“I don’t have to crack the whip hard on that guy. I know he’s going to work hard. I know he’s going to sacrifice for me.”

Roy:  Some of the things that were mentioned in the article, that senior level things “are like pairing and mentoring”, code kata, examining the team’s practices, looking for ways to improve, those are all things I think that speak to Derek’s point of helping the people that are around you improve.

I think, the real sticky situation that comes up a lot especially in an organization that’s transforming itself, from an HR perspective, if you have people on the payroll or that they’re in this position in the pecking order as a senior person, but these attributes aren’t things that only they can do.

They might be doing something like this in some aspect of the team for some period of time and then someone else might get jazzed up about it and they start doing it. You have this floating role in leadership position where everybody can be some leader in some aspect and now that senior thing kind of disappears, right?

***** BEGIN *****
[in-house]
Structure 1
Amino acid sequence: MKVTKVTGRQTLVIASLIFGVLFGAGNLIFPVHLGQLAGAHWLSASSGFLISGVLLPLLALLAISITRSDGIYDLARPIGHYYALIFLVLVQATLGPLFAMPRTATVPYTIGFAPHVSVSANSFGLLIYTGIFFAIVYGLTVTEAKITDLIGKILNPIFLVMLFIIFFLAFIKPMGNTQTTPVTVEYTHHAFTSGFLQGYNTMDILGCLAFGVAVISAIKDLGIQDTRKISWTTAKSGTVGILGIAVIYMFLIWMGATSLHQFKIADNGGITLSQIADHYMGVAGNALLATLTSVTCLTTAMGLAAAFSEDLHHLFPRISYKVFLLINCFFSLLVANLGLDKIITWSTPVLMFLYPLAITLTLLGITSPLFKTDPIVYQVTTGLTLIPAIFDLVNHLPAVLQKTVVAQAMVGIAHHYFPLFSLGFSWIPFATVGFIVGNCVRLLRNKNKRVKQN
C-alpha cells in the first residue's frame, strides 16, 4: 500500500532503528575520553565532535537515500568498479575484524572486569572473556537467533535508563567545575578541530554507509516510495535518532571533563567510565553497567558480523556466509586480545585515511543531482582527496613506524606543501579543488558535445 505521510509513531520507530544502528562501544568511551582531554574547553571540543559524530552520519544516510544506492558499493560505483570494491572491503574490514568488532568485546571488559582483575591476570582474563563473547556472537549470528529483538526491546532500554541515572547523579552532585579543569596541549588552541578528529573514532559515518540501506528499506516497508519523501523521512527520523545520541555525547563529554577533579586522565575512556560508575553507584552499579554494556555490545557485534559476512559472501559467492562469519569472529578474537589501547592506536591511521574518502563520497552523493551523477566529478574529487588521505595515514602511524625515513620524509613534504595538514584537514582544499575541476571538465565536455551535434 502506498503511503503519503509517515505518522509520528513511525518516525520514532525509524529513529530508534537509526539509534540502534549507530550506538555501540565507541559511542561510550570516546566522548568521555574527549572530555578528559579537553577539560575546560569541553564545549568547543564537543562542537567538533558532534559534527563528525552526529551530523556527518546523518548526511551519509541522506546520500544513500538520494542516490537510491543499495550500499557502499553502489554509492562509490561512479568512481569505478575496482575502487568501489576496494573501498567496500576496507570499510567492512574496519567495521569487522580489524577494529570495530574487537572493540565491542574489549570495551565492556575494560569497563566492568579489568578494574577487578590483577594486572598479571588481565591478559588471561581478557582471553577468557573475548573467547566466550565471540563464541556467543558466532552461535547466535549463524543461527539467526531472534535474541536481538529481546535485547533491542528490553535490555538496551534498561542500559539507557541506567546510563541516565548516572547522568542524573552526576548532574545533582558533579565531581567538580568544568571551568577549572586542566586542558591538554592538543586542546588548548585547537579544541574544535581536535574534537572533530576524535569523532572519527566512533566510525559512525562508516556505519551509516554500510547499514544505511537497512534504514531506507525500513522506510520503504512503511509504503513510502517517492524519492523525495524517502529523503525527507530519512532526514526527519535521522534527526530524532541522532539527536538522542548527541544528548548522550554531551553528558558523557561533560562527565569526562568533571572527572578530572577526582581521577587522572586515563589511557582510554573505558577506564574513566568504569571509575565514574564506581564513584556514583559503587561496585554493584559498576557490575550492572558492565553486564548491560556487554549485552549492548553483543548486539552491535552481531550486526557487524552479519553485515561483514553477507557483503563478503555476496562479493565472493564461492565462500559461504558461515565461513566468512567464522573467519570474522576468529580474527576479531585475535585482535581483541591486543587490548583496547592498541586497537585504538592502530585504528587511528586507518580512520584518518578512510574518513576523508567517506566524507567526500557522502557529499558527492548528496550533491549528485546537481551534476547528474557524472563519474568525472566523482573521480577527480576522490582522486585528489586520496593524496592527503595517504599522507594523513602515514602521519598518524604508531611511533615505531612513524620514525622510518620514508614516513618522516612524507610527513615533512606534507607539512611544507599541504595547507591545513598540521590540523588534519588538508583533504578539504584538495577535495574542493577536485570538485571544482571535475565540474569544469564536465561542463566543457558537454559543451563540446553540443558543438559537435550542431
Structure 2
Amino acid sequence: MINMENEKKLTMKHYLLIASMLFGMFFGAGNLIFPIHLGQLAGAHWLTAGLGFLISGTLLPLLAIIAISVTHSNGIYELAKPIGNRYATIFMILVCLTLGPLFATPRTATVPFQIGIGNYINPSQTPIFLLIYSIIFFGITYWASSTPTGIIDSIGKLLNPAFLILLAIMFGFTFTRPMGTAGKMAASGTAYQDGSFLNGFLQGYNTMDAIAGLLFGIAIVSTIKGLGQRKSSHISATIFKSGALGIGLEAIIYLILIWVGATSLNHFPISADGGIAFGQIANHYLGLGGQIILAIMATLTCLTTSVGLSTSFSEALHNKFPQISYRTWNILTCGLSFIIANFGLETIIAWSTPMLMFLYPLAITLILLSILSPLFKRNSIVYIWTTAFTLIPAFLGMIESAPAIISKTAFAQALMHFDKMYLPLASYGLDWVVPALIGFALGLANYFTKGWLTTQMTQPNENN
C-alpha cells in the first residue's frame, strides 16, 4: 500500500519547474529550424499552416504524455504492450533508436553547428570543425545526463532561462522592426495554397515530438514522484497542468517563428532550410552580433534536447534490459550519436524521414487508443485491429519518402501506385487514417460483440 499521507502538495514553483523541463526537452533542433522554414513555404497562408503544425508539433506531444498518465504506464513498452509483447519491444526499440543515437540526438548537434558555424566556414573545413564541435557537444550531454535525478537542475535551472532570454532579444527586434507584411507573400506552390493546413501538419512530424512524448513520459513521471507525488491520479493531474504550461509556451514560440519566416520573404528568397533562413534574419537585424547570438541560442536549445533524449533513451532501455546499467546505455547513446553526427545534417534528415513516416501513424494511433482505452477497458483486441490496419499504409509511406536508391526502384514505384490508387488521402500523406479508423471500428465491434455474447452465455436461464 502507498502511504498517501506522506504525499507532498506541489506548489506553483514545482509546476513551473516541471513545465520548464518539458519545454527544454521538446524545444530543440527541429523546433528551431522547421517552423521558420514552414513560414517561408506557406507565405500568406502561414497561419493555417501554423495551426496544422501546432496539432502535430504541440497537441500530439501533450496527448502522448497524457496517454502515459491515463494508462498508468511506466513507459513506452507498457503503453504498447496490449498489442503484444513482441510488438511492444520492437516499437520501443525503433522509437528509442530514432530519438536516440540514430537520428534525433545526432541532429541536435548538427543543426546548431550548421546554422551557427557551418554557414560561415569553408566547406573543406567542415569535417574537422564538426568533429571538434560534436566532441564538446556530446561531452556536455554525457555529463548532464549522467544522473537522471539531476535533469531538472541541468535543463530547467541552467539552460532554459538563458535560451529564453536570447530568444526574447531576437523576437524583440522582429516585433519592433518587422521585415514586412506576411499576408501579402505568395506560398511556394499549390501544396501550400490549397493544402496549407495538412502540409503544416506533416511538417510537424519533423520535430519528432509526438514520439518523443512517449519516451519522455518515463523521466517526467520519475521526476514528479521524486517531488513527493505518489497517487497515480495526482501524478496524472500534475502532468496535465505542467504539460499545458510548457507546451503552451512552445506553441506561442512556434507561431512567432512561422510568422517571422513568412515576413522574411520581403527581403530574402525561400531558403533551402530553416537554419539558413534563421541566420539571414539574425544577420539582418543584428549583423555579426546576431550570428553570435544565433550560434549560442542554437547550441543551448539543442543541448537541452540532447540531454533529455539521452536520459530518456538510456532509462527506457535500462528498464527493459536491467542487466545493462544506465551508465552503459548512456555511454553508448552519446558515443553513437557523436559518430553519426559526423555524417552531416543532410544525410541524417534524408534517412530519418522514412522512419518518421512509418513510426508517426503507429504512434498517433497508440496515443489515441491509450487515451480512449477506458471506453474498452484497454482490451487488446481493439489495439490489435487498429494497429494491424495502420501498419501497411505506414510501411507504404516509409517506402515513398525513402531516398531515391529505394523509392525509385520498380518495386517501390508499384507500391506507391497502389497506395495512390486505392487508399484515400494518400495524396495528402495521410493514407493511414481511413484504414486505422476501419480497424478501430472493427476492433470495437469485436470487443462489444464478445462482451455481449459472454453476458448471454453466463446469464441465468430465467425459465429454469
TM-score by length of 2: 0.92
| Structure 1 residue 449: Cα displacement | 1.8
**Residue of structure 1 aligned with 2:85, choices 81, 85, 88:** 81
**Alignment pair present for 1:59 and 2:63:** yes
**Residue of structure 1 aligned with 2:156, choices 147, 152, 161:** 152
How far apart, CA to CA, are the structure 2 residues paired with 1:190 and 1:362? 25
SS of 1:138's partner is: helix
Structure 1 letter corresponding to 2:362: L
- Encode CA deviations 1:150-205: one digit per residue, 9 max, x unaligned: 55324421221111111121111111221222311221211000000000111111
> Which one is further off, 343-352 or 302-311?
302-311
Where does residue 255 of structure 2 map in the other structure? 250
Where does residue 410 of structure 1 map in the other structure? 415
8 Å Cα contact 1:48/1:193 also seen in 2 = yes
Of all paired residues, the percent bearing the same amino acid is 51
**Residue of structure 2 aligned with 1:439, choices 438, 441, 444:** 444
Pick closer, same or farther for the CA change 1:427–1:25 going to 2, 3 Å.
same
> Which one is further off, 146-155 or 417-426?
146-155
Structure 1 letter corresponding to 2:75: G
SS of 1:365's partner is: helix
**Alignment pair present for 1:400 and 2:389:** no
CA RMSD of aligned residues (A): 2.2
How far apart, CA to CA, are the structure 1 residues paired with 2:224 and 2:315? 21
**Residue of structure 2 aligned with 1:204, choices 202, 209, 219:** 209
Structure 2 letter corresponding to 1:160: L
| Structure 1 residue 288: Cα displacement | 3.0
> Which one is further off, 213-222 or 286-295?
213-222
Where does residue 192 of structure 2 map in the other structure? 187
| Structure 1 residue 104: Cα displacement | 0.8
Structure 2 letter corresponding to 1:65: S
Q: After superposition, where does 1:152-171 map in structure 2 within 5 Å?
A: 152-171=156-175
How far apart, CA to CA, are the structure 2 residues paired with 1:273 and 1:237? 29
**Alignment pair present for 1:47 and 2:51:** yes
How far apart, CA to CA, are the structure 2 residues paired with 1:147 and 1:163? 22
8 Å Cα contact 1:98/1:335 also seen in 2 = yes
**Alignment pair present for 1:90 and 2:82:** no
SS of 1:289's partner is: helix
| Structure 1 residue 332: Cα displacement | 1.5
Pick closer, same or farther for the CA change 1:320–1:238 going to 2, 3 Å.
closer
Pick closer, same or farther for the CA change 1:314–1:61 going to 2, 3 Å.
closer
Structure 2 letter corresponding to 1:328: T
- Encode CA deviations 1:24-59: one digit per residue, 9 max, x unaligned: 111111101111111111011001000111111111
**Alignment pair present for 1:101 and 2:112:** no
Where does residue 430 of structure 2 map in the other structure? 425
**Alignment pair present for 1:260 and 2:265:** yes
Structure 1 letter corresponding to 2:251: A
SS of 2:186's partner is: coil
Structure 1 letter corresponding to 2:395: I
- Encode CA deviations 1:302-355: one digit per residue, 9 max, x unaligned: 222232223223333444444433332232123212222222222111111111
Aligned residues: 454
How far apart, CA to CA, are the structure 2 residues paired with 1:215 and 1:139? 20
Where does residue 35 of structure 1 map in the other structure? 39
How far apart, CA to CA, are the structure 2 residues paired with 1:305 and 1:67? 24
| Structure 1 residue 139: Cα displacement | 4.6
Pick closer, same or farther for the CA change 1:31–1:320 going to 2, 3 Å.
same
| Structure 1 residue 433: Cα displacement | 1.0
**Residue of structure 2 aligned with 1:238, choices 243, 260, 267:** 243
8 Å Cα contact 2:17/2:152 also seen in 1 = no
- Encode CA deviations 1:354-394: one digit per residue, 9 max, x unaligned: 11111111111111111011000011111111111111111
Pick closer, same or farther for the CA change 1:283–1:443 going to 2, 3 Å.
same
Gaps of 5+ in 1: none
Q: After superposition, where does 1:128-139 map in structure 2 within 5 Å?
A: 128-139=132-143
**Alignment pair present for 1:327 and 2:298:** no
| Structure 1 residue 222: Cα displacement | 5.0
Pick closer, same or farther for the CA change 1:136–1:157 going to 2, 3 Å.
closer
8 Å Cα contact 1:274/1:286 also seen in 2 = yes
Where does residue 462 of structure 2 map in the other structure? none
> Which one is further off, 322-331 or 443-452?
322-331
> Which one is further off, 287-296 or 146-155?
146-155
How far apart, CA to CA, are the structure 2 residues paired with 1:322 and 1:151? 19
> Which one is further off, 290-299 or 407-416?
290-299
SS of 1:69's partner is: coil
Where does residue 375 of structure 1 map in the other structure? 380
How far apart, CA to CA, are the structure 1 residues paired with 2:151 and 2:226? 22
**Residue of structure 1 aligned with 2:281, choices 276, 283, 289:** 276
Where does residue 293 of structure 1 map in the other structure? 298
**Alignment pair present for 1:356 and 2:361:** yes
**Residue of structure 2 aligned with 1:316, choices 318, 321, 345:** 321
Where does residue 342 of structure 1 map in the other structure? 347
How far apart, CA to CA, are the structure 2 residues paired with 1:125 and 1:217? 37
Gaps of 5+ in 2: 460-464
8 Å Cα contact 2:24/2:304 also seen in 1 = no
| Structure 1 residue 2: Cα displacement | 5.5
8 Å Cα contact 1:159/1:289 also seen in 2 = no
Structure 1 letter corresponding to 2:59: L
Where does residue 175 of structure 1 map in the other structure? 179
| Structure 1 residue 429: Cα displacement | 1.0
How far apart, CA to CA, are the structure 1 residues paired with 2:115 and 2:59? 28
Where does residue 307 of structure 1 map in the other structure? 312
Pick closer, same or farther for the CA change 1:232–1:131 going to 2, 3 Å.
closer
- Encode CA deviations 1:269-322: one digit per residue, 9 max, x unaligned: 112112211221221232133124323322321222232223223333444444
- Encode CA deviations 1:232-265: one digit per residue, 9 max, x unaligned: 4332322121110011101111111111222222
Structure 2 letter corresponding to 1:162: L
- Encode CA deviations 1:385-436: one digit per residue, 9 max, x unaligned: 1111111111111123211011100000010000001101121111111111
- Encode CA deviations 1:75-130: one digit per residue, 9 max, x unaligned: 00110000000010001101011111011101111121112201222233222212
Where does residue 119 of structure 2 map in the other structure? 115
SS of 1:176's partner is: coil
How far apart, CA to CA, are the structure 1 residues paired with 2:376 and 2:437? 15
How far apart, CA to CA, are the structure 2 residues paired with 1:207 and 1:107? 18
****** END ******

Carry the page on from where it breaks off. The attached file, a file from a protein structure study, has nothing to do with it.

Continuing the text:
Derek:  Right, I think you start to have senior people with different things. It kind of becomes who’s initiating that particular thing and that person might rise to the leader of the team or the senior person on the team for that particular type of thing.

Whether it’d be a technology or whether it be a process or whether it’d be whatever, the teams start to say like, “So‑and‑so is kind of our go to person. They’re the champion for whatever that is.”

They’re the database champion or they’re the Java script champion or they’re the Agile champion or they’re the Kanban champion or they’re the training or teacher champion.

Drew:  What if the entire team is kind of slacking off?

I remember we were reading about the article and briefly talking about it. It mentions the concept of something called social loafing. I think, Derek, your eyes lit up when that was mentioned. I’m not really familiar with it. Can you explain what it is?

Derek:  I’m not too familiar with it. I talked about it a bit this last week with a number of other coaches. I think, the term goes something to the fact of this concept of when you get in groups, people start to defer responsibility and it becomes somebody else will pick up that slack.

There’s this loafing around concept the more social something gets. I think, there were some studies done by some people doing a tug‑of‑war type of thing that if you meas